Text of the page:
The Russian invasion of Ukraine has underscored the importance of energy independence and reliability. Europe’s supplies of oil and natural gas are under deep threat, and the US boycott of Russian oil, among other global factors, has sent the price of gasoline through the roof. But beyond the short-term pocketbook implications of the Eastern European conflict, economists and strategists are raising some important questions about the security and costs of America’s energy supplies.
For more than a century, fossil fuels have been the primary source of our energy. The American economic miracle was made possible by the coal, oil, and natural gas plants that supplied electricity, simply and dependably, at the flip of a switch. But we are paying an ever-increasing and terrible price for that convenience. The pollution and greenhouse gasses emitted by those fossil fuel plants have been heating the planet, changing climate, and damaging our health.
Alternative energy is the obvious solution, but our definition of that is likely too narrow. We’ve been looking mostly to the sun and wind to provide clean energy for our cars, homes, and industries. But the sun and wind aren’t always there, making their energy intermittent. For a nation that needs 24/7 reliability, that is a problem.
Germany serves as a real-life example. The country invested hundreds of billions in renewables to replace its nuclear power plants. But as nuclear plants were phased out, Germany needed dependable gas-fired plants to make up the difference. Instead of declining, emissions reached an all-time high in 2021. And it’s been expensive. German electricity rates have become the highest in Europe. With the Russian threat to their supply of natural gas, Germany is now backtracking and considering how to reopen its reactors.
Why did this happen? Wind and solar failed to fill the gap because, among other things, analysts didn’t account for changing weather patterns that limit renewable production. And because the energy generated by wind and solar is intermittent, utilities must pour on the coal to keep the economy running on windless nights and dark days.
Could we store up enough power for times when renewables aren’t producing? Not yet, not in time. The killer problem is scale. For renewables to cover the baseload demand, they would need storage capable of powering a national economy for days at a time. That much storage is virtually inconceivable on any practicable horizon. Tesla’s giant battery in Australia, the world’s largest, would power the state of Arizona for less than one minute.
So although renewables are a quick way to begin reducing emissions, they won’t allow us to permanently close always-on fuel plants. At present, the only existing technology for abundant, clean, reliable power is nuclear fission.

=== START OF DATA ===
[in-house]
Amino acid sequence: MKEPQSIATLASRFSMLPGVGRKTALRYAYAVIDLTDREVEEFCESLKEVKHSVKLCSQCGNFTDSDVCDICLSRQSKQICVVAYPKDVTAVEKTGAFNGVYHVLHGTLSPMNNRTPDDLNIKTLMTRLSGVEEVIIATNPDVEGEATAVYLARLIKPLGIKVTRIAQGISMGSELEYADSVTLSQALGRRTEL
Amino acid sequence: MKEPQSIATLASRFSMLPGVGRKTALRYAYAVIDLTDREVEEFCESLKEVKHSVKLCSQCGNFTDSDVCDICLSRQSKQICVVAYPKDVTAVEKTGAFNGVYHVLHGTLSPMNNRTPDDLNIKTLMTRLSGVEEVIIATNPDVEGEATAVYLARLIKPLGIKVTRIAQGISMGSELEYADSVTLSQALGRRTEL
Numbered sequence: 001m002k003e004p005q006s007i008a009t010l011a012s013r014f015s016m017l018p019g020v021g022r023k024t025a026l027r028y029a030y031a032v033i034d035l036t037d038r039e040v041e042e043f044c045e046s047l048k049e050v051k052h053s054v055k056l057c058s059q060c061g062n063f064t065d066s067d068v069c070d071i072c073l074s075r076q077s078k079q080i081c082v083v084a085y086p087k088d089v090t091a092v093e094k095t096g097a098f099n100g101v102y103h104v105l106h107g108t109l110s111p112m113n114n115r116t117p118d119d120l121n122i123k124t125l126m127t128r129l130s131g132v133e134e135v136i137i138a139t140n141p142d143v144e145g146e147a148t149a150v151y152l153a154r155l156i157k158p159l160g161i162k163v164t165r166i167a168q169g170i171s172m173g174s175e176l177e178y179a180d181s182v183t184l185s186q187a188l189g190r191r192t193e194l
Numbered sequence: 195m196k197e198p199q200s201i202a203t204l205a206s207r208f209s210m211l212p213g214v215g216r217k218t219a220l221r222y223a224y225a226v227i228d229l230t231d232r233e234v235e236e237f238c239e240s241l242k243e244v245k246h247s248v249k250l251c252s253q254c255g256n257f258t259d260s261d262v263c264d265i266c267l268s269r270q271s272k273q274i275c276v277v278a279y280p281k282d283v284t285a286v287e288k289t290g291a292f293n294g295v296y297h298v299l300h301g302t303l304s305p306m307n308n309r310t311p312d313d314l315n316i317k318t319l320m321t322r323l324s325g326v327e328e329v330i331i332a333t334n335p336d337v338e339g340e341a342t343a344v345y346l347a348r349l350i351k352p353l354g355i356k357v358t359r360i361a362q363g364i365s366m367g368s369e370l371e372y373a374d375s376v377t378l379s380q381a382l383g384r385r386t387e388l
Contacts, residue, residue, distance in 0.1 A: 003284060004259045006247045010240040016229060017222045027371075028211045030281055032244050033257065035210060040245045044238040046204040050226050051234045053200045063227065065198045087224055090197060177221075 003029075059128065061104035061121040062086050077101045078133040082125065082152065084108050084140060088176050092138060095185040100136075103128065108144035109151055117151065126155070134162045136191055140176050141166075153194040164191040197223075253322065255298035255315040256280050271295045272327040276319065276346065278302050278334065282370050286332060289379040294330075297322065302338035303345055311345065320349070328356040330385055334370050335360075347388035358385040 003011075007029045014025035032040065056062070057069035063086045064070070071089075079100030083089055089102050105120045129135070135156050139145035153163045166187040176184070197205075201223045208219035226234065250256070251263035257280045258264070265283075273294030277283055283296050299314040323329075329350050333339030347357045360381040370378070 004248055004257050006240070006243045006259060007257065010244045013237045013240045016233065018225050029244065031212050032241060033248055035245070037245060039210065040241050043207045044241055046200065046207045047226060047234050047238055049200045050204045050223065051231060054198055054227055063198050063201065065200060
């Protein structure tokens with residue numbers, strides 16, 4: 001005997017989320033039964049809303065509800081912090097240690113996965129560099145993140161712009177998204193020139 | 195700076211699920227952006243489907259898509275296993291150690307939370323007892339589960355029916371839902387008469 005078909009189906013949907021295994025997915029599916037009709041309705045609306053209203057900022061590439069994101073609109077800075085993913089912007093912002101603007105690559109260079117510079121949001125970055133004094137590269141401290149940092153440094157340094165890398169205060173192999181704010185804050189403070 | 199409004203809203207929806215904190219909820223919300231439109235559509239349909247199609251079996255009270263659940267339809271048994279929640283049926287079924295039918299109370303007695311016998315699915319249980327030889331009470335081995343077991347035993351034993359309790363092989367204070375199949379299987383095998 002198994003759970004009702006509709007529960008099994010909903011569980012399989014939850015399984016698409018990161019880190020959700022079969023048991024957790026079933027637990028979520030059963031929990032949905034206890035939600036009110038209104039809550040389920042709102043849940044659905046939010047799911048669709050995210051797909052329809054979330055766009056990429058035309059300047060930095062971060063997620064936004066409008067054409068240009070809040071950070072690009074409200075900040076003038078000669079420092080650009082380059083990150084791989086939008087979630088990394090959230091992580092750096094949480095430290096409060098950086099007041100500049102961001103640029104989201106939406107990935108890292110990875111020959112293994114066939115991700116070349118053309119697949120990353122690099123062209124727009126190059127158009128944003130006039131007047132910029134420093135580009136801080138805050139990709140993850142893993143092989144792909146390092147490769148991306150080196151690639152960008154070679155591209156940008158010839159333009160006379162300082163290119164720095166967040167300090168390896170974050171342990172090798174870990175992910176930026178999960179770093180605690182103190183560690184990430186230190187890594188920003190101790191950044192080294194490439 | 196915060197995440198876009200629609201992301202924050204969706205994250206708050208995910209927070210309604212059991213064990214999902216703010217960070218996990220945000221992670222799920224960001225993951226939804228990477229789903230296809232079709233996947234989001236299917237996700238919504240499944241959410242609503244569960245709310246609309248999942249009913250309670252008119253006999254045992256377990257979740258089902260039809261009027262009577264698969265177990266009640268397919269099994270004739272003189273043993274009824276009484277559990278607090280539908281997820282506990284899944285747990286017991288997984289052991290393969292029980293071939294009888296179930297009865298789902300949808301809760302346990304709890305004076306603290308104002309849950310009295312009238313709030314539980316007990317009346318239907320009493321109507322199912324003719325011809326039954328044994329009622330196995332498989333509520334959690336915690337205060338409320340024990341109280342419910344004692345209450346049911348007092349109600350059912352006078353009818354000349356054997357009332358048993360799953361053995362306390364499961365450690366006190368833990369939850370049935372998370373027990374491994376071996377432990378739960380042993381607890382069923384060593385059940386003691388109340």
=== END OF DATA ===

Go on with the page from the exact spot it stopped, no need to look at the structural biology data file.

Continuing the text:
Nuclear power is also the only non-carbon energy production method that has proven to work at grid-scale. For many decades, France’s nuclear plants have provided over 70 percent of its electricity with zero emissions. Nuclear energy has been powering ships for generations. Despite scary reporting, all the data say that per unit of energy, nuclear is the safest. There are valid concerns about nuclear waste, but years of safely stored waste from all our civilian reactors would fit into one suburban Walmart.
And better nuclear plants are arriving soon. In the next 3 or 4 years, we’ll see an entirely new generation of nuclear technologies called Small Modular Reactors (SMRs). SMRs are nothing like the big older reactors. They are safer because they do not need water and giant cooling towers; if they get too hot, their physics shuts them down automatically. They can be built over and over again in factories, at a fraction of the cost of an on-site, multi-year construction project.
Perhaps most importantly, they can be trucked to where they are needed. They can power small towns or large cities and can come to the rescue when war or natural disaster causes an energy interruption. Many SMRs can plug right into the existing grid using existing powerlines. They can even commandeer the infrastructure of decommissioned coal plants. SMRs represent huge cost savings with minimal disruption to the landscape, environment, or people’s way of life.
We should continue exploring other paths, as well. We need the ability to capture all the carbon from existing fossil fuel plants. We need public and private investments to explore the potential of deep geothermal wells. But in the meantime, if we get sensible about nuclear power, we could have fleets of affordable, clean, and reliable nuclear generators working alongside solar panels and windmills, creating a grid-scale clean energy system that is weather independent and round-the-clock reliable. It would give America energy security in this increasingly dangerous world, and—arguably—make for a safer world overall.
Bill Budinger, is a scientist, entrepreneur, and inventor with 36 patents, is an American Chemical Society hero of chemistry, founder and former CEO of Rodel, Inc. (now DuPont’s electronic materials division), and lifetime trustee of the Aspen Institute. Paul Bauman, Ph.D., is an energy consultant and researcher with decades of energy policy experience with environmental organizations, the U.S Department of Energy, and the University of Colorado system.
The views and analysis expressed in this article are those of the authors and do not necessarily represent those of the Aspen Institute.